I LOVE EdPuzzle. I try to weave one EdPuzzle into each Project Based Learning with Math unit I plan. It’s 100% free for teachers!
EdPuzzle is an engagement tool for videos. You can take any video, including all the ones you are already using, and ramp up the engagement factor by editing, cropping, adding audio, and adding questions. When you are done customizing your video, you are left with an interactive tool that students cannot ignore. I like to use music videos or add some silly trivia questions to keep students interested along the way. You can also ask an self-assessment question at the end to get students reflecting on their learning.
Here is how EdPuzzle works. You take any video and crop it to the length you want students to use. You can then dub audio over the top, like you would if you were showing the video in class and talking over the top of it. The best part is that you can insert questions that the student must stop and answer. Students cannot skip the question, but they can go back and re-watch the video to look for the answer. The student will immediately see if their answer is correct. If it is not, the student is given the correct answer and allowed to proceed. This continues until the video has been finished and the questions answered. The student sees their final score and the teacher is sent the score. If the teacher chooses, the student can repeat the assignment for a better score. The second opportunity can have the same questions or different questions, it is up to the teacher.
EdPuzzle was brought to my attention by another math teacher at my school. He uses EdPuzzle with videos he creates himself. He knew that I used videos often in my class and showed me this resource. We both use EdPuzzle in completely different ways. He uses the videos to “flip” his classroom on a regular basis. If students do not watch the assigned video at home the night before, he ‘gives’ them the opportunity to complete the EdPuzzle in lunch detention. He uses these videos as formative assessments and students are not allowed to progress to the summative assessment until they have successfully completed all the assigned videos with 80% accuracy.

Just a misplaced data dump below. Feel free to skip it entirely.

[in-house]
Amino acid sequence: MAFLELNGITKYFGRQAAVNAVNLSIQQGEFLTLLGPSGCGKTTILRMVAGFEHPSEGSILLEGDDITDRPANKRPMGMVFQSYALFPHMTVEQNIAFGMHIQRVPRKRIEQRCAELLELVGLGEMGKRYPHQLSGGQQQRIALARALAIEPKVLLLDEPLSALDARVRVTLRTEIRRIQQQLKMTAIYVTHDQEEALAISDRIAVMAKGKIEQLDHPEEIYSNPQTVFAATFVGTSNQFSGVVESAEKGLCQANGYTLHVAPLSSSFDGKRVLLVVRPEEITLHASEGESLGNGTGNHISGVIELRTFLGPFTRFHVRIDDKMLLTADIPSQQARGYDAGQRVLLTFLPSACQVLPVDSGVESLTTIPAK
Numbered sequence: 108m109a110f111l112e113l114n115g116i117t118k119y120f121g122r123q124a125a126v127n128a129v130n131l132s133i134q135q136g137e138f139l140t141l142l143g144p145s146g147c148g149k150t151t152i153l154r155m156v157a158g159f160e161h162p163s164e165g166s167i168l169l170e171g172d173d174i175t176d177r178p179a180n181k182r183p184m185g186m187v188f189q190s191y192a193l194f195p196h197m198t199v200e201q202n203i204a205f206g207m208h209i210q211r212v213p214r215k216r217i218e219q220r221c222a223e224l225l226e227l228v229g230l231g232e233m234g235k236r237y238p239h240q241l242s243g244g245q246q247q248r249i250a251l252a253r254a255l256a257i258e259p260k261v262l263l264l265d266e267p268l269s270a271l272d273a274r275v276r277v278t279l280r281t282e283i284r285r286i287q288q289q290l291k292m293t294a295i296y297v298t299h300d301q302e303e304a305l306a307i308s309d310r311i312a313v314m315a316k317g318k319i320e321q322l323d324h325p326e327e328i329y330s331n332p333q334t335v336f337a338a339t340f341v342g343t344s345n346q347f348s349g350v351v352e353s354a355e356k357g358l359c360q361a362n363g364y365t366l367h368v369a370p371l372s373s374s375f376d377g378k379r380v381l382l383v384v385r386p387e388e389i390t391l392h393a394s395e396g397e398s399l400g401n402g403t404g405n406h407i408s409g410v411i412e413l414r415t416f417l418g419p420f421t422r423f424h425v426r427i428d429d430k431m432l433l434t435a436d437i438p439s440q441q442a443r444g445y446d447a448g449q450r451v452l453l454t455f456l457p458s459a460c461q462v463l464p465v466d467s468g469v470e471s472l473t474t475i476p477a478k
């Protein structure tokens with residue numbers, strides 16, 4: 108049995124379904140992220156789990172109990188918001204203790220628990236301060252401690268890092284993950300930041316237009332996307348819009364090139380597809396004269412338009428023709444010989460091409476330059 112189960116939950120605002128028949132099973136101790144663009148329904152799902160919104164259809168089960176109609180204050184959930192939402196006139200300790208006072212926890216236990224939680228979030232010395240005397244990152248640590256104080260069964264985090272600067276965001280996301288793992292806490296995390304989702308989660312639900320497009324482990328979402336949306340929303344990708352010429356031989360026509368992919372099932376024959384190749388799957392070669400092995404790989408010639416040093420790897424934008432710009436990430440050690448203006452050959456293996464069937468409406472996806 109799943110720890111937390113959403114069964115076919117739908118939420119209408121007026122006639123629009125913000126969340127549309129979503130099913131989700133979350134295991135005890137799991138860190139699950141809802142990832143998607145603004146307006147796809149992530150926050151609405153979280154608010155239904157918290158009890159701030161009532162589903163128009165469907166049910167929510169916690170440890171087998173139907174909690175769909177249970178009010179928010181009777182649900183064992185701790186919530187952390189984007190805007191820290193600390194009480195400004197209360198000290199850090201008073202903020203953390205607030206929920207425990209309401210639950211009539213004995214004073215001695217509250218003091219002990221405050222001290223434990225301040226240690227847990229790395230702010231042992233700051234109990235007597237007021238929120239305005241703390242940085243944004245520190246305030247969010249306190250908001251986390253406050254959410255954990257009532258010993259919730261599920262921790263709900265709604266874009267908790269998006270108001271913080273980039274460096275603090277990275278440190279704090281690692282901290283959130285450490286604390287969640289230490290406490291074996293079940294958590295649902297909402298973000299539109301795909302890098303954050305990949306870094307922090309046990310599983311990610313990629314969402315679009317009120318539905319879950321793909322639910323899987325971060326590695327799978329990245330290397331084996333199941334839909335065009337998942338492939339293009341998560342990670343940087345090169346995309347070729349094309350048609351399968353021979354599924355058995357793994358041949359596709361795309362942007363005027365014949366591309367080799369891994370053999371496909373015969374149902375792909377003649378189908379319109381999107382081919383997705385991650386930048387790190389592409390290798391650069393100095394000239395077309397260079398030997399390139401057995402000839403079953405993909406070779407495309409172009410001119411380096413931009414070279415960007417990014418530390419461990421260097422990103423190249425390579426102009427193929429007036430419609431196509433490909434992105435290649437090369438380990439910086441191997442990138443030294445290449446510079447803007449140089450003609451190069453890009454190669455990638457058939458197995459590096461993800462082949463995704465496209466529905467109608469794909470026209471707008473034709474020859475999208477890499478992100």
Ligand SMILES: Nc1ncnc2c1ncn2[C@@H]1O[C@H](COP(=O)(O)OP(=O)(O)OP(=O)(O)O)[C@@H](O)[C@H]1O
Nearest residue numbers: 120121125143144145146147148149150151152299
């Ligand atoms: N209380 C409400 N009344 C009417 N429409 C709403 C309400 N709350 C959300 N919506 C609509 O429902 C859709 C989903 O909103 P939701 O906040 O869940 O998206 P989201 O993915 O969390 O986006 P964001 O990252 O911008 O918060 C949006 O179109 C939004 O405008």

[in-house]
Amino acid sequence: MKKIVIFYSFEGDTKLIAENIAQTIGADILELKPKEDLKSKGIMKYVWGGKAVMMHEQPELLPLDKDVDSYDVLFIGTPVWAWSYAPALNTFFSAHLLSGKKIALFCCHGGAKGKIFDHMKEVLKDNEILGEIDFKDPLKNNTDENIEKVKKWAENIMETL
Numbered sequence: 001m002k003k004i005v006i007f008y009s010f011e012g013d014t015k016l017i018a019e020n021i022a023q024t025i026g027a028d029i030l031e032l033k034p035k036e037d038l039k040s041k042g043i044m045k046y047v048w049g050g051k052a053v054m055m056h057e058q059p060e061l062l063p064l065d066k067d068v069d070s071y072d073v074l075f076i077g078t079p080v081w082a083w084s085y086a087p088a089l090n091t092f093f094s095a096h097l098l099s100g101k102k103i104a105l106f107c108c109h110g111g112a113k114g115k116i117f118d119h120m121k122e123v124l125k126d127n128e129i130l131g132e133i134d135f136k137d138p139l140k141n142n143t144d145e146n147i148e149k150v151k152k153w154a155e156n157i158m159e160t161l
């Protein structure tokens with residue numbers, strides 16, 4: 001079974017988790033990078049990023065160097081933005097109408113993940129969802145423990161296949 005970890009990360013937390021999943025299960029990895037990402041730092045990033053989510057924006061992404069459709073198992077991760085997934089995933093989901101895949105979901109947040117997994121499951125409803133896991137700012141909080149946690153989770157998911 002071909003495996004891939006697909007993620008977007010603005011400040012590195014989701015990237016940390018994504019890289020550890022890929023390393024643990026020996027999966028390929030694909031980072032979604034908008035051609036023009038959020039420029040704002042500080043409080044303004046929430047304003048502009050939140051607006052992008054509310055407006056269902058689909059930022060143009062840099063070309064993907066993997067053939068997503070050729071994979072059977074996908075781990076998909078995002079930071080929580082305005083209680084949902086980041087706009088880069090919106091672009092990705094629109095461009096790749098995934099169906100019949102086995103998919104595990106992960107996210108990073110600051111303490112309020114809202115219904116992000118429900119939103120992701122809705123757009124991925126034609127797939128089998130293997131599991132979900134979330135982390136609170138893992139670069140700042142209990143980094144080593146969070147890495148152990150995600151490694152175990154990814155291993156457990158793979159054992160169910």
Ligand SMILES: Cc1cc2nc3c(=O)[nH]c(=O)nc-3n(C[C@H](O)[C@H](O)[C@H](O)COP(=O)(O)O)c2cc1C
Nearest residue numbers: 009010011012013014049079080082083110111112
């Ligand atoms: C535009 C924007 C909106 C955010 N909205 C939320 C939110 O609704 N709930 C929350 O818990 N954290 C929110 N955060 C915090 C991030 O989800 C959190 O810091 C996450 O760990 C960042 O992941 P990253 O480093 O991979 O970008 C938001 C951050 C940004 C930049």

I use the EdPuzzle videos as a supplement to my other teaching. When completing one of my EdPuzzles, students are reviewing information they have already learned. I use these a lot when I am subbed out of the classroom, so that I make sure the students are reviewing the material in a way that fits with our unit plan. Students can access these at home if they have been absent or just want some extra practice or review. Parents can also access EdPuzzle to see what is being covered.
To see how my EdPuzzles work, click on one of the three pictures above to watch the video and see the questions. Although this viewing option allows you to skip questions, when I assign the video to students they are not allowed to skip questions. The Roadrunner video is the video I use to teach students “how” to use EdPuzzle before I give them an actual EdPuzzle assignment. The Math Dude Video is pretty typical of a non-music video that I use. The “Graph” video is an example of how I use a music video. This is especially helpful for students who are musically gifted.